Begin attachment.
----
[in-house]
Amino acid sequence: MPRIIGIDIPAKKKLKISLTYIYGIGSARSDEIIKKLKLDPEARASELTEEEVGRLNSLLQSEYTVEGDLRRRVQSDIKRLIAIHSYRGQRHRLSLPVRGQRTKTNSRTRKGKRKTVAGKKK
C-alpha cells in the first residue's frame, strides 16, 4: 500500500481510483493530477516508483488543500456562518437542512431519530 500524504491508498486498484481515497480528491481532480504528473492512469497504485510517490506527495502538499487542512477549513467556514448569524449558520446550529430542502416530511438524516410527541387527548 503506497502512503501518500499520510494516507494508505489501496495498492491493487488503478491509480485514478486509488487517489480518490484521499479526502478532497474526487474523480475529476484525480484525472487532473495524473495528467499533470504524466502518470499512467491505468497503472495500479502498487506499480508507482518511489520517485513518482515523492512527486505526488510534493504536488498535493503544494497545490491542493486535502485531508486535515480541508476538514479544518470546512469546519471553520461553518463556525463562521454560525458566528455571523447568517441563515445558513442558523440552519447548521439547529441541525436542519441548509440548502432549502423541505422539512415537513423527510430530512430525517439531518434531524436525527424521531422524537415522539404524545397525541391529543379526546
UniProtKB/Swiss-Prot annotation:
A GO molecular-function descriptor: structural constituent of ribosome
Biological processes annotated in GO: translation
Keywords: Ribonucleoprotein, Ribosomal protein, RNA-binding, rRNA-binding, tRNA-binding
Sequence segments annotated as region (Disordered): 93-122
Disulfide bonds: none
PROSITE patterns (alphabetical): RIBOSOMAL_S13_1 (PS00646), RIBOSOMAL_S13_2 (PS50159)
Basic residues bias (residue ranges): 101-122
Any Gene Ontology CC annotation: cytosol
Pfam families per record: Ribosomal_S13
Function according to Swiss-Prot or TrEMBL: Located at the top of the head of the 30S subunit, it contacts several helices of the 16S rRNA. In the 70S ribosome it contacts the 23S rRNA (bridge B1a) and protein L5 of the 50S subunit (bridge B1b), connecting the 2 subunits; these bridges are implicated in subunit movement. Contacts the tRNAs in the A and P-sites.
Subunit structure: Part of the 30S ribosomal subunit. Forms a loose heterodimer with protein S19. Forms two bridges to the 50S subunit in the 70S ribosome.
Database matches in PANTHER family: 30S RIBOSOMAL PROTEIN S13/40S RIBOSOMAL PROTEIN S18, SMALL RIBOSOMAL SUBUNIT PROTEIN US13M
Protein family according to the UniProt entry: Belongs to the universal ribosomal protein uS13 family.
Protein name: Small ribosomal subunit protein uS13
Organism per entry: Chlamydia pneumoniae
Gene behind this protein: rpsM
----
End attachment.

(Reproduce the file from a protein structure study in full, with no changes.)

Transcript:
[in-house]
Amino acid sequence: MPRIIGIDIPAKKKLKISLTYIYGIGSARSDEIIKKLKLDPEARASELTEEEVGRLNSLLQSEYTVEGDLRRRVQSDIKRLIAIHSYRGQRHRLSLPVRGQRTKTNSRTRKGKRKTVAGKKK
C-alpha cells in the first residue's frame, strides 16, 4: 500500500481510483493530477516508483488543500456562518437542512431519530 500524504491508498486498484481515497480528491481532480504528473492512469497504485510517490506527495502538499487542512477549513467556514448569524449558520446550529430542502416530511438524516410527541387527548 503506497502512503501518500499520510494516507494508505489501496495498492491493487488503478491509480485514478486509488487517489480518490484521499479526502478532497474526487474523480475529476484525480484525472487532473495524473495528467499533470504524466502518470499512467491505468497503472495500479502498487506499480508507482518511489520517485513518482515523492512527486505526488510534493504536488498535493503544494497545490491542493486535502485531508486535515480541508476538514479544518470546512469546519471553520461553518463556525463562521454560525458566528455571523447568517441563515445558513442558523440552519447548521439547529441541525436542519441548509440548502432549502423541505422539512415537513423527510430530512430525517439531518434531524436525527424521531422524537415522539404524545397525541391529543379526546
UniProtKB/Swiss-Prot annotation:
A GO molecular-function descriptor: structural constituent of ribosome
Biological processes annotated in GO: translation
Keywords: Ribonucleoprotein, Ribosomal protein, RNA-binding, rRNA-binding, tRNA-binding
Sequence segments annotated as region (Disordered): 93-122
Disulfide bonds: none
PROSITE patterns (alphabetical): RIBOSOMAL_S13_1 (PS00646), RIBOSOMAL_S13_2 (PS50159)
Basic residues bias (residue ranges): 101-122
Any Gene Ontology CC annotation: cytosol
Pfam families per record: Ribosomal_S13
Function according to Swiss-Prot or TrEMBL: Located at the top of the head of the 30S subunit, it contacts several helices of the 16S rRNA. In the 70S ribosome it contacts the 23S rRNA (bridge B1a) and protein L5 of the 50S subunit (bridge B1b), connecting the 2 subunits; these bridges are implicated in subunit movement. Contacts the tRNAs in the A and P-sites.
Subunit structure: Part of the 30S ribosomal subunit. Forms a loose heterodimer with protein S19. Forms two bridges to the 50S subunit in the 70S ribosome.
Database matches in PANTHER family: 30S RIBOSOMAL PROTEIN S13/40S RIBOSOMAL PROTEIN S18, SMALL RIBOSOMAL SUBUNIT PROTEIN US13M
Protein family according to the UniProt entry: Belongs to the universal ribosomal protein uS13 family.
Protein name: Small ribosomal subunit protein uS13
Organism per entry: Chlamydia pneumoniae
Gene behind this protein: rpsM